When it comes to farming, the most common story told is one of land that a farmer can trace back through many generations of his or her family.
Growing up on the land you farm gives you an advantage when it comes to farming because you have long-standing knowledge of what that land has done in the past, how it has been used, and what it is capable of. But what happens when you are brand new to a piece of land?
For Joseph Monroe, he’s not new to farming but he is still in the getting-to-know-you phase at his farm, Valley Spirit in Henry County, which he has been on for just three years.
“I didn’t do much the first year, but I did grow up in the region so I knew a lot about it,” he said. “I knew a lot from similar properties. I knew what the soil types could do. There are definitely some special things about this farm that I had to figure out that were different, but I had a good start, I had a good leg up.”
He said farmers need to be observant in the beginning and listen to the land rather than try to force their will on it. Doing so allows them to learn where it floods, where the wind blows in, and simply how it works under various conditions. Having that knowledge can help you avoid preventable disasters.
“It’s so many little things that compound” Monroe said of learning your land. “One of the things I learned about this farm is that I had to do raised beds; this soil just doesn’t drain very well. If I don’t do raised beds, things might get flooded once or twice (a season).”
Working the soil deeply and raising it up allowed him to avoid losing any plants when several days of rain bucketed his farm in late May.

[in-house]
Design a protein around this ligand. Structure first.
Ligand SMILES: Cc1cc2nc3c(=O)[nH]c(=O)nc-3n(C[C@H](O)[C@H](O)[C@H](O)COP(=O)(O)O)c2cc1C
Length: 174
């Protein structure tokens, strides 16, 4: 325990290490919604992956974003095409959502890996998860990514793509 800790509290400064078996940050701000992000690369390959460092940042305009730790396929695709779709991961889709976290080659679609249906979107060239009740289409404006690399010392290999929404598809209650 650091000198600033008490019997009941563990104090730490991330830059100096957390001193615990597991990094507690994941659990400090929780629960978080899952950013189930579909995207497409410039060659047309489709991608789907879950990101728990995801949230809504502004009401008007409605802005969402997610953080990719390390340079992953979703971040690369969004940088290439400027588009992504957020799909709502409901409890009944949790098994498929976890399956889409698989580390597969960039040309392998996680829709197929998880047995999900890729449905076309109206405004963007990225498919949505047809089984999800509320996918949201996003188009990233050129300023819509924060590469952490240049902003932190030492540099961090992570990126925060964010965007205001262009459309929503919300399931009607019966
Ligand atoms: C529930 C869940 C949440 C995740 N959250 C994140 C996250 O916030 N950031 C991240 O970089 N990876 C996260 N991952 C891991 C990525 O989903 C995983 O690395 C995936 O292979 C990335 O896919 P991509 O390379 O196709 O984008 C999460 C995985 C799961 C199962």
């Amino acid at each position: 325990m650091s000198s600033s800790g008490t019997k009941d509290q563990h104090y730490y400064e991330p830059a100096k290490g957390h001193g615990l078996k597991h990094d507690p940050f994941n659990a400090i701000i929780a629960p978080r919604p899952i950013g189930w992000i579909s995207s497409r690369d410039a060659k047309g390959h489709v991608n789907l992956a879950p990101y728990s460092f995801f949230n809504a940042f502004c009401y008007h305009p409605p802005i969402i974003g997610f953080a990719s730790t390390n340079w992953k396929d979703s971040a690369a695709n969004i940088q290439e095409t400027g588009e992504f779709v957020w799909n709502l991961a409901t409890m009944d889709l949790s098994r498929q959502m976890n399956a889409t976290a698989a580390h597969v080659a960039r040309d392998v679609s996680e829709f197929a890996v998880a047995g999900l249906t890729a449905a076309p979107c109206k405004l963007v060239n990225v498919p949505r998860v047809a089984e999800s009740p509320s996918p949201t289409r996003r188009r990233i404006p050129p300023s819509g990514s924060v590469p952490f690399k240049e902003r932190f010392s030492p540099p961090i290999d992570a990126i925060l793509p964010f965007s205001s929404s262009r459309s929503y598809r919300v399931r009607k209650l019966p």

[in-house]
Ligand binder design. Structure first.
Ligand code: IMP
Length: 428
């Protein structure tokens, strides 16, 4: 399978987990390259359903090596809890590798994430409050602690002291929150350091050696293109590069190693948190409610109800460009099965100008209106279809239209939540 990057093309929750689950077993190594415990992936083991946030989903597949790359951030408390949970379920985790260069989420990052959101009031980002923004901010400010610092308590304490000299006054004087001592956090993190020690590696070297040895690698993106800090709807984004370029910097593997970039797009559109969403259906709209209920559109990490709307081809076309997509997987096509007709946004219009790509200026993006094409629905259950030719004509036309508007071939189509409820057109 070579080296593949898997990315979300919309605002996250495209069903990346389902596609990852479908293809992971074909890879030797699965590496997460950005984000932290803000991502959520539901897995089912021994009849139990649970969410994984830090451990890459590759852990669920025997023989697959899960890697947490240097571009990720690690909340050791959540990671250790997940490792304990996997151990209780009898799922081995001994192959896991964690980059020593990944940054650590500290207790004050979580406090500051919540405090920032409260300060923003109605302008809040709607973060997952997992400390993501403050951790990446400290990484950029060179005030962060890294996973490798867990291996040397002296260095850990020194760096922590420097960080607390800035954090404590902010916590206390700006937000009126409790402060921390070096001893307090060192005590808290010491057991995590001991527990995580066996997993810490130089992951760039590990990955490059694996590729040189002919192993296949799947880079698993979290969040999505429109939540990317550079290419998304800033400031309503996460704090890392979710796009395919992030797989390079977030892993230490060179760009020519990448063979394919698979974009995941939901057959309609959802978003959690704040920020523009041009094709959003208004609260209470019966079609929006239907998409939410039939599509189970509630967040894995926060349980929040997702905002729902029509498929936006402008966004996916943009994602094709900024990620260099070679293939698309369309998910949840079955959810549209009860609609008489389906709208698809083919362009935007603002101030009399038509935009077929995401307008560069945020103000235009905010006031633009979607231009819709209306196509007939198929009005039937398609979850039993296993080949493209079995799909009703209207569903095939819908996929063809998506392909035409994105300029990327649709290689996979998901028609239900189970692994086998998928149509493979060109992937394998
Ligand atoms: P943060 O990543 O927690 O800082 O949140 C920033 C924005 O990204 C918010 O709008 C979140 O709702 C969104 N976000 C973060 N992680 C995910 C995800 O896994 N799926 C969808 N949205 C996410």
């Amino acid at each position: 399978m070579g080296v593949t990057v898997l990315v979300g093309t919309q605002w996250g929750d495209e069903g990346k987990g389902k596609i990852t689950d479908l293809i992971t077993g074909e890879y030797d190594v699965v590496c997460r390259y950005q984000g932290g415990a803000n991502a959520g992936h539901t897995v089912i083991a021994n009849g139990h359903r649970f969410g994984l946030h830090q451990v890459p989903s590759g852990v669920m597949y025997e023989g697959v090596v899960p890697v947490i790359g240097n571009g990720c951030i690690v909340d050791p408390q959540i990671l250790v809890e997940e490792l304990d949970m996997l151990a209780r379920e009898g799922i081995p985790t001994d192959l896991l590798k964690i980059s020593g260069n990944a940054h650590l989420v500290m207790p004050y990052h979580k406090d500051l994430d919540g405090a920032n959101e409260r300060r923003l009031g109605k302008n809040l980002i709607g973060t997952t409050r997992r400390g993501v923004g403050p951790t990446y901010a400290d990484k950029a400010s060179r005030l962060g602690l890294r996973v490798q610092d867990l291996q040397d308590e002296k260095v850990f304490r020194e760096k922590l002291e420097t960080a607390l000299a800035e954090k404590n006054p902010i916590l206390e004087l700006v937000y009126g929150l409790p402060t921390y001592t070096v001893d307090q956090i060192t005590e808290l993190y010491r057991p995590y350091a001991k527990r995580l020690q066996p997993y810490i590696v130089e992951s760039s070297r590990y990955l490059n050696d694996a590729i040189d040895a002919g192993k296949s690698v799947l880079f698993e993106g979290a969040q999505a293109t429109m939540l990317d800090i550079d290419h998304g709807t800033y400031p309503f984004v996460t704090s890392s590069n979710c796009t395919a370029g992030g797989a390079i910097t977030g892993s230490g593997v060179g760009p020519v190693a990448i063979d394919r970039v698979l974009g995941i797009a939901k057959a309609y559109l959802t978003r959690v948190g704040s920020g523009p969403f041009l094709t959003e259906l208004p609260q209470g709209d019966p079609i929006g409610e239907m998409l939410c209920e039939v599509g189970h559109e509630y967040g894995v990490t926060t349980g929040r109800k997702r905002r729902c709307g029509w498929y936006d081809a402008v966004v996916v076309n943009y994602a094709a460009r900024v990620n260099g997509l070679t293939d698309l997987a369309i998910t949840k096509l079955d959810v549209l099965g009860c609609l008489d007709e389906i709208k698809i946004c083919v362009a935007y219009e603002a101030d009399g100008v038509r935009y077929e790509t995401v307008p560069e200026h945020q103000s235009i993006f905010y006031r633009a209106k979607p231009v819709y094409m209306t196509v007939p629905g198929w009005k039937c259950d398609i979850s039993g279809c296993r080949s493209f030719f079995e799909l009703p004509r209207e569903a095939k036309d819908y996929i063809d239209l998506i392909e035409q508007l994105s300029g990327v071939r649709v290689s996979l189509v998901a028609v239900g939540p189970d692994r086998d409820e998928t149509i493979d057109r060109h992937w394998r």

“I didn’t lose any crops,” he said. “If someone was growing on flat ground on this farm, their crops would have been under water. So just draining the water off, finding a way to do that was important.”
Monroe said he is slowly learning the best way to use his 118-acre farm.
“Most of this farm is pasture, it’s good for animals,” he said. “Only one acre is set aside for vegetables, and 117 acres are for cows and pigs. I had to learn how grass grows and how to mob graze, and how to finish beef with only grass.”
It’s been quite an education for someone who had never owned a cow before. “Now we have 50-60 in a year-and-a-half, which is going from zero to 60 really fast,” he said. “It all came from observing for a little bit.”
Water also has been part of Monroe’s learning curve.
“We don't have city water out here, so just figuring out how to get water from the pond into a drip irrigation system,” has been a challenge, he said. “I had to set the whole system up; I didn’t know how to do that.”
Monroe said community has been invaluable in getting his farm up and running.
“Another important thing was learning how important it is to have neighbors and a community when you come to a new place,” he said. “There are just some times when you need help, you can’t just do it alone.”